Scranton native Amye Baresse Archer has been on the writing scene in a variety of capacities: Scranton StorySlam winner (the very first!), Prose in Pubs host, blogger, adjunct English instructor, and now, University of Scranton Writing Center coordinator. Her book of poetry, entitled Bangs, has just been released by Big Table Publishing. Amye writes the sort of poems that make you laugh through your tears. She’s honest, she hits hard, and she doesn’t back down from anything confrontational or uncomfortable. In other words, if you can’t take the heat, stay out of Amye’s kitchen, folks.
Of course! Although, I had nothing on my sister whose bangs were envied by many.
I know you’ve been working on a memoir as well. What was it like, as a writer, to transition from one genre to another? Or did you sort of toggle back and forth?
It’s actually worked really well. I’m allowed to expand upon certain moments in the memoir, give them a context I cannot afford in the economy of words that is poetry. However, I’m allowed to freeze time and tease out the beauty of a moment by moving it into a poem. That being said, it’s pretty easy for me to change genres because I tend to write in the same voice for everything. It’s my voice, I am all of my characters. I guess you can say I am the Liam Neesen of writers.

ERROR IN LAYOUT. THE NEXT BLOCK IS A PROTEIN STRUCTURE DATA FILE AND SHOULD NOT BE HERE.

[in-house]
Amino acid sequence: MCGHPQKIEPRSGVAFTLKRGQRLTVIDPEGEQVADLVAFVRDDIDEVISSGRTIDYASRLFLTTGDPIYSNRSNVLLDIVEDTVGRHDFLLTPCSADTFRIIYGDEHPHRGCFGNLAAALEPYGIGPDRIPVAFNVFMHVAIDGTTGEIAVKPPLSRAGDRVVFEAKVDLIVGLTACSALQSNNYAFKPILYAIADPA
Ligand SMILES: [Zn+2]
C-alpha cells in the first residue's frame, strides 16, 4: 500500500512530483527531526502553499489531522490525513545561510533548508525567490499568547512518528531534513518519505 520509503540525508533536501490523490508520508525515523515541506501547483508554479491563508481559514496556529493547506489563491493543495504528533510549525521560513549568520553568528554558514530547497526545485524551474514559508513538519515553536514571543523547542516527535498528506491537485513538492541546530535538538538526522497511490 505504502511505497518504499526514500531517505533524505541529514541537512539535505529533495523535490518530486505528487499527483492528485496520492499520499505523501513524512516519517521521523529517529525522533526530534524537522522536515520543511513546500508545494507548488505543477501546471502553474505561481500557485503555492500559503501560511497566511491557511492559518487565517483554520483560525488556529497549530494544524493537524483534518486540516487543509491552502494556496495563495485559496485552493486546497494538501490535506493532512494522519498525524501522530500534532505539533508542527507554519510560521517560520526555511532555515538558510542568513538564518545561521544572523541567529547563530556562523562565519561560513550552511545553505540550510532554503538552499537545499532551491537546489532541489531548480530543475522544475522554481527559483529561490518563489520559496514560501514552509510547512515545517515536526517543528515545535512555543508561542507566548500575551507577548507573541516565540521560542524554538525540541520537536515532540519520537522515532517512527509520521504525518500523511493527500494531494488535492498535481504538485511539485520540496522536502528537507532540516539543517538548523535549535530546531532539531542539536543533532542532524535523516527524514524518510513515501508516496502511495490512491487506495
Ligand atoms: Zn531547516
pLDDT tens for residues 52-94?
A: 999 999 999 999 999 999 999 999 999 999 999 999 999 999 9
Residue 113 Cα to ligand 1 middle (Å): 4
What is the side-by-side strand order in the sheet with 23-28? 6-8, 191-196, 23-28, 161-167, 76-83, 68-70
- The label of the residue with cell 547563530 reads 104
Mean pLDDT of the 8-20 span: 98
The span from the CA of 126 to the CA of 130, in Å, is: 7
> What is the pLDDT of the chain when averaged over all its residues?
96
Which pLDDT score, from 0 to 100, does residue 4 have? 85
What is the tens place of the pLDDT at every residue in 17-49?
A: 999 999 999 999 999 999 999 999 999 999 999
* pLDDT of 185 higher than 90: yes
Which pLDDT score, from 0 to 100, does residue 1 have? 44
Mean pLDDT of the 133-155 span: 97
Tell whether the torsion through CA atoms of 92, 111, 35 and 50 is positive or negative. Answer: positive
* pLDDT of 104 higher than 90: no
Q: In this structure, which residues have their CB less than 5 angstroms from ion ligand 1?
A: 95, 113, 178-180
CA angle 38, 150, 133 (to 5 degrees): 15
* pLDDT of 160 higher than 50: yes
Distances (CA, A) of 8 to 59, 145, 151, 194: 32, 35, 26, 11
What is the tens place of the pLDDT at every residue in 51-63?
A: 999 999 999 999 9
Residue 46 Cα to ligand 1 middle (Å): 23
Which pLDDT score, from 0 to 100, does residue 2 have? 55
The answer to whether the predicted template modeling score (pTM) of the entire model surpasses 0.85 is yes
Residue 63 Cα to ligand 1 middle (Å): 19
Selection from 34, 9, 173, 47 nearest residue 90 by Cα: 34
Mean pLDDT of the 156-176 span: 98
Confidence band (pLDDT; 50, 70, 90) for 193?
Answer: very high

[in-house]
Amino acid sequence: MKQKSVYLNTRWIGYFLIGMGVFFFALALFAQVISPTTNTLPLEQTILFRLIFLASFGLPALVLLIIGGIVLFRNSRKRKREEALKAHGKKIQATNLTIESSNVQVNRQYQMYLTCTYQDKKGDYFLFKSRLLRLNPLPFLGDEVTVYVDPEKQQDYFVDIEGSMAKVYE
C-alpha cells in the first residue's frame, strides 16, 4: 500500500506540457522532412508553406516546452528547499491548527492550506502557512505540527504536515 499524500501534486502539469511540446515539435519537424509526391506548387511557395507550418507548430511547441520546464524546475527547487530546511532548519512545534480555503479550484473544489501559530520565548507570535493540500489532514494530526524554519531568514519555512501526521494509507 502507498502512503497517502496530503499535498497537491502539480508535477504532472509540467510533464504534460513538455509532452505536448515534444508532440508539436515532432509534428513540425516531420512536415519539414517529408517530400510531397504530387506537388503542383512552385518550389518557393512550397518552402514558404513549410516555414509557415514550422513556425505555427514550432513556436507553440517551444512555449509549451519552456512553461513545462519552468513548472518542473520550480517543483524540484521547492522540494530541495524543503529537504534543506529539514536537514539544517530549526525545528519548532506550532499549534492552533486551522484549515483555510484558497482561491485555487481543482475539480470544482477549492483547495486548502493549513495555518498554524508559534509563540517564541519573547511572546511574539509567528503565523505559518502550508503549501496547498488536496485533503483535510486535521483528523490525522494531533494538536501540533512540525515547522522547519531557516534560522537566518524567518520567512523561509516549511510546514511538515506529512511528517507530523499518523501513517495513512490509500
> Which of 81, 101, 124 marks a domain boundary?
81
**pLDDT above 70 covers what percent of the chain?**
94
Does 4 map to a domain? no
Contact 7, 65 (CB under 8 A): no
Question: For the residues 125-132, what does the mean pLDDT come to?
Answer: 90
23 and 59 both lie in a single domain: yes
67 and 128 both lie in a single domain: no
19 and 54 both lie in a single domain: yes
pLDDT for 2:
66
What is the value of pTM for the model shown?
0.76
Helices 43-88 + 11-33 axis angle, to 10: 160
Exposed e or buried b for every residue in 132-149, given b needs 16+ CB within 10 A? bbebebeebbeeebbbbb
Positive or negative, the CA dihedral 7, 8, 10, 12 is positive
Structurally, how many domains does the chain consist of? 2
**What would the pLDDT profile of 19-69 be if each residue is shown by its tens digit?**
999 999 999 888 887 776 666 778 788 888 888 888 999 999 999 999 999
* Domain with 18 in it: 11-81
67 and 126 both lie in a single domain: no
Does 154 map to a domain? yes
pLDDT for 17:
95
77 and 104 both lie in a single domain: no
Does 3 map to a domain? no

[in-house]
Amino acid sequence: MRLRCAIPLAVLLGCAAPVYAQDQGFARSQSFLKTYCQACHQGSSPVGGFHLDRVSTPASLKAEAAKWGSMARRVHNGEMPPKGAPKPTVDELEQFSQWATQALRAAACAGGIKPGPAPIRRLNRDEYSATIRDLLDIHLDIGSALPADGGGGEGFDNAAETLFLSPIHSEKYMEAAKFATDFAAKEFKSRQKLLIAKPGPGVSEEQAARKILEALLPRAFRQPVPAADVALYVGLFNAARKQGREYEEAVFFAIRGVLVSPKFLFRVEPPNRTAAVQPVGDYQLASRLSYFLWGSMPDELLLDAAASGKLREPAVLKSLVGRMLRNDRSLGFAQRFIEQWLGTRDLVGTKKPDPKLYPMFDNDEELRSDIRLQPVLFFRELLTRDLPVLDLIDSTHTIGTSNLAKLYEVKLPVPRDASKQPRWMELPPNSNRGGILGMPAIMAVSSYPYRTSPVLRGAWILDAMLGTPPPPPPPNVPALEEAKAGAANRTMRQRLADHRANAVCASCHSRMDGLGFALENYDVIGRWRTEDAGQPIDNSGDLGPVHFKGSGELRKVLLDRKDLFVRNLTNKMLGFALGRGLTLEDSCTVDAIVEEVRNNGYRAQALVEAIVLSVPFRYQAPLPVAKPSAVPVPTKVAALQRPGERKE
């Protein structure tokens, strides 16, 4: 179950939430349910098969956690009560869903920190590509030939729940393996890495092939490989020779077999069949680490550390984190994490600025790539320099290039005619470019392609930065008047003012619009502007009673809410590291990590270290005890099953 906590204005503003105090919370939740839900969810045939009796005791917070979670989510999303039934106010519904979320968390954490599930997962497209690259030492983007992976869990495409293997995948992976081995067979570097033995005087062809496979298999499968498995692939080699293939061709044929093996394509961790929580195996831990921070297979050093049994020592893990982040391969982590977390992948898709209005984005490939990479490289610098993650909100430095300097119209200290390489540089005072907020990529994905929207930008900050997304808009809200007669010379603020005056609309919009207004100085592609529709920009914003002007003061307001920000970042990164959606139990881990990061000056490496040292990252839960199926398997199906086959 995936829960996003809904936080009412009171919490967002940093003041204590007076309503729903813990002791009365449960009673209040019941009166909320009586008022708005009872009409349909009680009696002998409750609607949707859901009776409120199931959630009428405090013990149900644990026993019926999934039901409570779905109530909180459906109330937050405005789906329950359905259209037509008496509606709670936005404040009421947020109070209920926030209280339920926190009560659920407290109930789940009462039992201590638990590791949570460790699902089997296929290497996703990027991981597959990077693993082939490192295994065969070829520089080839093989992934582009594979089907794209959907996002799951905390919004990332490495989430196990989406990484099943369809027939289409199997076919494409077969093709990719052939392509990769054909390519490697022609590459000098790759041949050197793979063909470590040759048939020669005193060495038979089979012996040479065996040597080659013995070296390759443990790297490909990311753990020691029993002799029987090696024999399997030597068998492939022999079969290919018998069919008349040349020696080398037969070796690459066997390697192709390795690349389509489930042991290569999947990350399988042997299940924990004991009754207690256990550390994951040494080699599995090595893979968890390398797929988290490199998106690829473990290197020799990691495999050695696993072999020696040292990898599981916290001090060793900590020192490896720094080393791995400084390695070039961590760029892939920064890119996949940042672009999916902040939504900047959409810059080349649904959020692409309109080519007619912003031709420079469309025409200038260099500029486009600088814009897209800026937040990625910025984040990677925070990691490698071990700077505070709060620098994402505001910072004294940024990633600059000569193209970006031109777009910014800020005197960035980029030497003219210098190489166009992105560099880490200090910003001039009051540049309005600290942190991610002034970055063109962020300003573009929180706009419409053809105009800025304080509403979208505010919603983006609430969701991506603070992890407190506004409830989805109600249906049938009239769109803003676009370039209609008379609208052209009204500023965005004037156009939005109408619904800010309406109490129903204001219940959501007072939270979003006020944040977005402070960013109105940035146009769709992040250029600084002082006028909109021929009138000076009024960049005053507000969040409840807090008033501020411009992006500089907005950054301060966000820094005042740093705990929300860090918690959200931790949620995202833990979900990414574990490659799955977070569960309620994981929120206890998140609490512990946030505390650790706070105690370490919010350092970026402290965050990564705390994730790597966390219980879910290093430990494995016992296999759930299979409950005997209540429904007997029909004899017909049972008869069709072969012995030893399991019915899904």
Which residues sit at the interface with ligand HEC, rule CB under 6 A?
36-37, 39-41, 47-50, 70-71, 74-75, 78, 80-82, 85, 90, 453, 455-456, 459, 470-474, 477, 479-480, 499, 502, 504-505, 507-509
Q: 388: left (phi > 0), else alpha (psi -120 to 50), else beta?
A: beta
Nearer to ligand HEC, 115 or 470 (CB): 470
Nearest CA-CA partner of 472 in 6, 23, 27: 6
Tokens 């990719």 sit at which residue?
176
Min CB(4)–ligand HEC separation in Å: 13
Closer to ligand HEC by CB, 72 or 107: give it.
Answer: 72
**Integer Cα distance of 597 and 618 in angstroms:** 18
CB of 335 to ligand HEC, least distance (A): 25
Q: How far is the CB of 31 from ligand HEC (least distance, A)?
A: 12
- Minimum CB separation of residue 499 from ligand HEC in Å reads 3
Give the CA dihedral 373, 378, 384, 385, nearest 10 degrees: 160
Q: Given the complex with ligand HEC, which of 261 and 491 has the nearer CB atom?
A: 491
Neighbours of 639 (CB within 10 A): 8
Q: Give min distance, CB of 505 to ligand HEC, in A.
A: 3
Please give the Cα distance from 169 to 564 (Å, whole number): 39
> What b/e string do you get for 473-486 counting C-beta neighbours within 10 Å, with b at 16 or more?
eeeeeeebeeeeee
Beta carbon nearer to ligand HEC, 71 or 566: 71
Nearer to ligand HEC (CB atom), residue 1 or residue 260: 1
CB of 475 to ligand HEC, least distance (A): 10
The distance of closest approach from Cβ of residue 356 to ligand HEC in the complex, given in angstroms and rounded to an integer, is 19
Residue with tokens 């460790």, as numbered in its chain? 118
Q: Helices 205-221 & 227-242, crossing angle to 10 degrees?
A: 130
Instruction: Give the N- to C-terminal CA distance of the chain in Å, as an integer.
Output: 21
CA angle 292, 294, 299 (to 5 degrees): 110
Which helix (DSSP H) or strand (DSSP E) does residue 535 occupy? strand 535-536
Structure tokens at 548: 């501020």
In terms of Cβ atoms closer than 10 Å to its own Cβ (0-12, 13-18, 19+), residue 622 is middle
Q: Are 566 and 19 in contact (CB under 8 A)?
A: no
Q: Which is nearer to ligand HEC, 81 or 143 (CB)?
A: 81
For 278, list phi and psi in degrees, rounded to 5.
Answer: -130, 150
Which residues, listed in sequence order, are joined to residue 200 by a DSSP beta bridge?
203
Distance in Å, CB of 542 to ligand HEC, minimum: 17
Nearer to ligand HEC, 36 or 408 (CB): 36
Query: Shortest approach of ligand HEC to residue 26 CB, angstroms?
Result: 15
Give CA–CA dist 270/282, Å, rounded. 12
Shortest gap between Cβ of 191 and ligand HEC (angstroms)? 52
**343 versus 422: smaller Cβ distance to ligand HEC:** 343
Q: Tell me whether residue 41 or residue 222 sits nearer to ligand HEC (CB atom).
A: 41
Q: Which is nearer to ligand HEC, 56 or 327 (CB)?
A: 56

Tell us something about the writing of this book that may surprise your readers.
I went into Bangs with the idea that I would spend 50 poems in a small time frame, 1988-1992 or so. As I wrote, however, I realized that almost every event in my life — good or bad- could be traced back to ideas or choices made during that time. It amazes me how strong the echo of adolescence can be.
With a job, building a house with your husband and raising twins, what is your writing process like? Do you ever sleep?
I actually write in seasons, not hours. So, I might write like crazy for ten weeks and then nothing for ten weeks. It’s a bipolar process, but I fit it in when I can. Also, it’s weird but I cannot write to music, despite music being one of my major influences. I need dead silence.
Where can we get our hands on the book?
You can buy the book from me directly by visiting my website, amyearcher.com
Who would you name as your authorial inspirations?
I have so many. I would say that Abigail Thomas and Joan Didion are my biggest influences in terms of memoir. I’ve also been influenced by a lot of musicians. John Lennon has been a huge influence in my life from about the age of 10 until now. I’m also a huge fan of Julia Alvarez. And I can’t forget Eugene O’Neill. My inspirations are all over the place.
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